Demilitarised Zone: World's last Cold War frontier

South Korean soldiers stand guard at the truce village of Panmunjom inside the demilitarised zone separating the two Koreas on May 1, 2019.
South Korean soldiers stand guard at the truce village of Panmunjom inside the demilitarised zone separating the two Koreas on May 1, 2019. PHOTO: REUTERS

SEOUL (AFP) - US President Donald Trump is widely expected to visit the Demilitarised Zone (DMZ) that divides South Korea and the nuclear-armed North this weekend as part of his trip to Seoul following the G-20 meeting.

Mr Trump on Saturday (June 29) made a surprise invitation to North Korean leader Kim Jong Un to meet for a historic handshake at the DMZ.

The spectacular invitation on Twitter caught observers by surprise. If Mr Kim accepts, it would be the third meeting between the leaders of the two former enemies amid efforts to denuclearise the Korean peninsula.

The DMZ is the finishing line of the 1950-53 Korean War, where South Korean forces backed by a US-led UN coalition fought to a standstill with North Korean and Chinese troops.

Here are some questions and answers about a place widely referred to as the world's last remaining Cold War frontier.


The 4km-wide DMZ runs for 250km across the Korean peninsula, around 50km north of Seoul and 200km south of Pyongyang.

At its centre is the Military Demarcation Line (MDL), where the front line lay when the ceasefire stopping Korean War hostilities was signed in 1953.

Under the agreement both sides agreed to pull back their forces 2,000m. To the south, Seoul has established a further buffer zone of varying width where civilian access is restricted.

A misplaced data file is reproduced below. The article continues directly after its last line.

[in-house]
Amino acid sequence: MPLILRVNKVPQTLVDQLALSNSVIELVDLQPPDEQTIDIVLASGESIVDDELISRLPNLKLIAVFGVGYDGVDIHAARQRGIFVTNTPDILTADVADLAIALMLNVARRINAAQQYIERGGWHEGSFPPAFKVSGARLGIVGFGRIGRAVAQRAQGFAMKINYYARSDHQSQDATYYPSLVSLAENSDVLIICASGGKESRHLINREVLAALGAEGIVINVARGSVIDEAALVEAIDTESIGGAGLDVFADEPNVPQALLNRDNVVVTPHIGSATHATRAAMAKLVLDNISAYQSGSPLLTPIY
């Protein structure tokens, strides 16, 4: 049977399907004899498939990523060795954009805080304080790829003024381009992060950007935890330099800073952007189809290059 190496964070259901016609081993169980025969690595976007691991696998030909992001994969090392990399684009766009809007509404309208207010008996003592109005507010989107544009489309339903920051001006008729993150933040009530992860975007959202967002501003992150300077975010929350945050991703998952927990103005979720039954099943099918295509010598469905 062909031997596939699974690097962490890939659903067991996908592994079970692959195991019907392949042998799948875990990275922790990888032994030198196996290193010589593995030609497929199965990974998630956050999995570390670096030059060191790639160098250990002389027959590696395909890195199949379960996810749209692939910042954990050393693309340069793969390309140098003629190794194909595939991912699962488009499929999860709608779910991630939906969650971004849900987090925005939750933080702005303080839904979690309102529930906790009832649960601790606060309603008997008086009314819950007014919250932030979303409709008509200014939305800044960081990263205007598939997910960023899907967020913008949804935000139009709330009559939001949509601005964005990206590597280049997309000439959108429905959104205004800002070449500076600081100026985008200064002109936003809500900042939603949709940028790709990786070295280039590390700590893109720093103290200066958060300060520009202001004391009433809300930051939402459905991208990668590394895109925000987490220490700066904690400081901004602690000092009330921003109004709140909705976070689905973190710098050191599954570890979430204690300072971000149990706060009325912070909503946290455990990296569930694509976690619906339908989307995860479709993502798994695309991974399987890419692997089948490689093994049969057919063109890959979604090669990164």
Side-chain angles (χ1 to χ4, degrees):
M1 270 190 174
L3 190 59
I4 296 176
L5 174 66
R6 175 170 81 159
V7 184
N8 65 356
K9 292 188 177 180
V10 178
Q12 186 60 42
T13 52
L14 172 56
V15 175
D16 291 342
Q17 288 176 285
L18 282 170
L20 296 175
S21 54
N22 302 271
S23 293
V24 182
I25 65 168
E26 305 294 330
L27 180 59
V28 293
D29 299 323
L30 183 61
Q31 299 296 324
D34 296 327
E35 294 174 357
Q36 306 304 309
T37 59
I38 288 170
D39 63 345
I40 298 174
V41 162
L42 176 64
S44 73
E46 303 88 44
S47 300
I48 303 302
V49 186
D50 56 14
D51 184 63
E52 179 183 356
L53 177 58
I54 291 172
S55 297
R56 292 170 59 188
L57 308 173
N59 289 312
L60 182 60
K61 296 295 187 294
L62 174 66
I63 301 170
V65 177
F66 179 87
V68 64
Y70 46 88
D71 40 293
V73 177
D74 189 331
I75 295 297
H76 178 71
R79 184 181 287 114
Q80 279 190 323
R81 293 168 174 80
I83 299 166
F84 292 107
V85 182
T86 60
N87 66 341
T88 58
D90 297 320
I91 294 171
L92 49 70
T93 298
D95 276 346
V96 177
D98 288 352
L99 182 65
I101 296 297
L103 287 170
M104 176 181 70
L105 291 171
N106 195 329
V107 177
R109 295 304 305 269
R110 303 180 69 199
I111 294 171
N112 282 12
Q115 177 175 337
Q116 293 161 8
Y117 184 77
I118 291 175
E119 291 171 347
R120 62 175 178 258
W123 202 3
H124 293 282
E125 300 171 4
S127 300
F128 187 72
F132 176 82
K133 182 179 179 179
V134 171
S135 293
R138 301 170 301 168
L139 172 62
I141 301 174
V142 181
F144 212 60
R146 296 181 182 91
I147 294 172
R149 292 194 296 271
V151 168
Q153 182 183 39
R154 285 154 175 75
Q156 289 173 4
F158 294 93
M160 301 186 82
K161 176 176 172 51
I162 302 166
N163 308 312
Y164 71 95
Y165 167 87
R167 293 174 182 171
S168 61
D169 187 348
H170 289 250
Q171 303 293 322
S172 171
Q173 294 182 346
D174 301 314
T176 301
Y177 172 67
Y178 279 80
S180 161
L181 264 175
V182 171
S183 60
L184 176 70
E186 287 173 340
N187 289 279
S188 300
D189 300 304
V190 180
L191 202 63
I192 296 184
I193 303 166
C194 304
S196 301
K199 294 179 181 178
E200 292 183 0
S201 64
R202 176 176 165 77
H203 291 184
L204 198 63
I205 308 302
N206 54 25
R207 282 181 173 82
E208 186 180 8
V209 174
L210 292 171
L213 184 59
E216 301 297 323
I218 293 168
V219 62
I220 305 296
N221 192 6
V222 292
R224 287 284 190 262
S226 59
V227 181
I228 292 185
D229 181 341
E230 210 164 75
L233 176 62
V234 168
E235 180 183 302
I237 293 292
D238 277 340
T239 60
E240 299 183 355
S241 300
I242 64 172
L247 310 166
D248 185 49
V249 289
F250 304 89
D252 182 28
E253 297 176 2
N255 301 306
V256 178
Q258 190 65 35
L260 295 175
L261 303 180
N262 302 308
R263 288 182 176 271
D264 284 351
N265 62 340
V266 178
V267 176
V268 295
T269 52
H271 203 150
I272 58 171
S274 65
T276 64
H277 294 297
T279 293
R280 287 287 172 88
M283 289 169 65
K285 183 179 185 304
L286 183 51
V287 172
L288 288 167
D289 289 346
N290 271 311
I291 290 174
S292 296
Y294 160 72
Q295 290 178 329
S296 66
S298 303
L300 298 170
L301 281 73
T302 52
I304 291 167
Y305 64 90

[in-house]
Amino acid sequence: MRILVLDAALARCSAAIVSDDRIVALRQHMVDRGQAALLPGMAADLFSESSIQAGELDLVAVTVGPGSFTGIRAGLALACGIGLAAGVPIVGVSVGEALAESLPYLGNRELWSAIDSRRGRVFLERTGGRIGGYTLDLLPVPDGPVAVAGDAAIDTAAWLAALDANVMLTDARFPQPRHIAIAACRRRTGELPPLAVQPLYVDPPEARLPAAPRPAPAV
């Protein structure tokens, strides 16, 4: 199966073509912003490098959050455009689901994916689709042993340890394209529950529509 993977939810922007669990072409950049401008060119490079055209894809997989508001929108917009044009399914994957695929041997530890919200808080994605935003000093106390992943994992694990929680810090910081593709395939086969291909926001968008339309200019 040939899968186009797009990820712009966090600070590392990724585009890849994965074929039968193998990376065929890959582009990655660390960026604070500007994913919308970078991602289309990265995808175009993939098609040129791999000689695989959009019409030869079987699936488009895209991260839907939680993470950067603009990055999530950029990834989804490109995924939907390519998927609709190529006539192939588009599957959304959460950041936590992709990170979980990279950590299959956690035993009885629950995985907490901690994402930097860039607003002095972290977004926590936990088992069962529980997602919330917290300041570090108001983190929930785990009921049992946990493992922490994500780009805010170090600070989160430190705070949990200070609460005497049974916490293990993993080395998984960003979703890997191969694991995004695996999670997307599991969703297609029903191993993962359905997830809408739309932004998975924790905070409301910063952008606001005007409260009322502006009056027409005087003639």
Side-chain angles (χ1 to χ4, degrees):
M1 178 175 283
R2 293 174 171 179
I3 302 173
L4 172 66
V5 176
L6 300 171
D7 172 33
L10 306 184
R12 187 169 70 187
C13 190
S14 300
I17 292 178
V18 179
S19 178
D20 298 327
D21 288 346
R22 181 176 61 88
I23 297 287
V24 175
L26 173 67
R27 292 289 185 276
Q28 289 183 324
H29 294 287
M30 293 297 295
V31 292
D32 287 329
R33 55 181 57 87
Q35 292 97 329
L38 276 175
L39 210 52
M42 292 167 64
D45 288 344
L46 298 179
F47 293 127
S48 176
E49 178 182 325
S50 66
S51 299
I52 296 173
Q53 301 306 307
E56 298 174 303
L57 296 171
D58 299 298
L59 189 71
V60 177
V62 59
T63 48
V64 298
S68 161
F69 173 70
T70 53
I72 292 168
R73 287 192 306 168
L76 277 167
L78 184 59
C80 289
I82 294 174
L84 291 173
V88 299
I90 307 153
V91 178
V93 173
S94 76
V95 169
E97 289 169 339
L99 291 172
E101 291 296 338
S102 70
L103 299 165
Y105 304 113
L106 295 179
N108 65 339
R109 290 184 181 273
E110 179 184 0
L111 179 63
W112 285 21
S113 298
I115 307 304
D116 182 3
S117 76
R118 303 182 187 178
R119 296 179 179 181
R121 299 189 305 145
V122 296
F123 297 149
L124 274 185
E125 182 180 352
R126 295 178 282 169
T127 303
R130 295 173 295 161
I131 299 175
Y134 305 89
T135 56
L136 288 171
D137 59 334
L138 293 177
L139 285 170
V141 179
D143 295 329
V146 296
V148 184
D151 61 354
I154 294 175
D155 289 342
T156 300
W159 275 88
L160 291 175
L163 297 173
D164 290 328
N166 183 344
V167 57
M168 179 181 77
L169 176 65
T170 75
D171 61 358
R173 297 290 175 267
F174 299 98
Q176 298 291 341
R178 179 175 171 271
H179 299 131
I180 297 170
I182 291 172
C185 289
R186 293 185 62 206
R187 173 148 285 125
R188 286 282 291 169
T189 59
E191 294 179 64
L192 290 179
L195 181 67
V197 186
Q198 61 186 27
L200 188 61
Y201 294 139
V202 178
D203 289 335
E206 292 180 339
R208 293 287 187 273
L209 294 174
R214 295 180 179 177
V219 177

A barrier separating North and South, heavy weaponry is banned from within the DMZ. Patrols are allowed but cannot cross the MDL and no more than 1,000 people from each side are permitted inside the zone at any one time. It is also littered with minefields.


The areas immediately outside it are some of the most highly fortified places on earth, bristling with artillery, military camps, and more minefields.


With the DMZ a "no man's land" and minimal human presence for more than half a century, much of the zone itself is lush forest, renowned as an ecological refuge for rare species of flora and fauna whose habitat elsewhere has been destroyed by development.

An Asiatic black bear was photographed there last October, according to Seoul's environmental ministry.

Within the zone, watchtowers poke up from hilltops, and barbed-wire fences line its edges.


The US and South Korea have been in a security alliance for decades and a trip to the DMZ is something of a ritual for visiting US leaders.

Then President George W. Bush went in February 2002, a month after he named North Korea as part of his "axis of evil".

The last to go was Barack Obama in 2012, and then US Vice-President Mike Pence went to the border in April 2017 amid heightened tensions with the reclusive state.

President Donald Trump tried to visit seven months later but his helicopter was forced to turn back due to heavy fog.

Most notably, South Korean President Moon Jae-in and North Korean leader Kim Jong Un held two of their three summits last year at Panmunjom, a "truce village" within the DMZ.


Also known as the Joint Security Area (JSA), Panmunjom is a series of buildings centred on several blue UN meeting huts right on the MDL, which have become emblematic for the division of the Koreas.

The 1953 armistice was signed in a building on the northern side, and the JSA was the site of the 1976 "Axe Murder Incident", when two US military officials seeking to cut down a tree that obscured visibility were hacked to death by North Korean soldiers.

It is the only place in the DMZ where soldiers from South and North Korea stand face to face, although under the terms of an inter-Korea agreement Moon and Kim signed at their third summit last year in Pyongyang, they no longer carry arms.